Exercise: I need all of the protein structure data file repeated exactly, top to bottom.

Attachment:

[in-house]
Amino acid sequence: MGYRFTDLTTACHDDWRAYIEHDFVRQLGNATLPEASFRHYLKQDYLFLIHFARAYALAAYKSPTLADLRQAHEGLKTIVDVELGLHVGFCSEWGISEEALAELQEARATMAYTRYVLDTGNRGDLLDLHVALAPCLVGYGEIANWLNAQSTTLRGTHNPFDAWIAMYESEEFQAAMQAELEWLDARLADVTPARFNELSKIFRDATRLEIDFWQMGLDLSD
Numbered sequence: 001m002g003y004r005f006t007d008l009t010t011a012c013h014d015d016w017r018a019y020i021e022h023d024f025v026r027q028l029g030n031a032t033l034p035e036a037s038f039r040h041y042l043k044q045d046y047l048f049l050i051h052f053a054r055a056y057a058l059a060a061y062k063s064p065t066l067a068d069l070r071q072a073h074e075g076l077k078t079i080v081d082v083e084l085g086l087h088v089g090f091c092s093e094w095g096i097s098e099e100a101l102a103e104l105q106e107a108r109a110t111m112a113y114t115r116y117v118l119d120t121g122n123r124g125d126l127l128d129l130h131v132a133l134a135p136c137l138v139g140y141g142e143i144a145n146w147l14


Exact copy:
[in-house]
Amino acid sequence: MGYRFTDLTTACHDDWRAYIEHDFVRQLGNATLPEASFRHYLKQDYLFLIHFARAYALAAYKSPTLADLRQAHEGLKTIVDVELGLHVGFCSEWGISEEALAELQEARATMAYTRYVLDTGNRGDLLDLHVALAPCLVGYGEIANWLNAQSTTLRGTHNPFDAWIAMYESEEFQAAMQAELEWLDARLADVTPARFNELSKIFRDATRLEIDFWQMGLDLSD
Numbered sequence: 001m002g003y004r005f006t007d008l009t010t011a012c013h014d015d016w017r018a019y020i021e022h023d024f025v026r027q028l029g030n031a032t033l034p035e036a037s038f039r040h041y042l043k044q045d046y047l048f049l050i051h052f053a054r055a056y057a058l059a060a061y062k063s064p065t066l067a068d069l070r071q072a073h074e075g076l077k078t079i080v081d082v083e084l085g086l087h088v089g090f091c092s093e094w095g096i097s098e099e100a101l102a103e104l105q106e107a108r109a110t111m112a113y114t115r116y117v118l119d120t121g122n123r124g125d126l127l128d129l130h131v132a133l134a135p136c137l138v139g140y141g142e143i144a145n146w147l14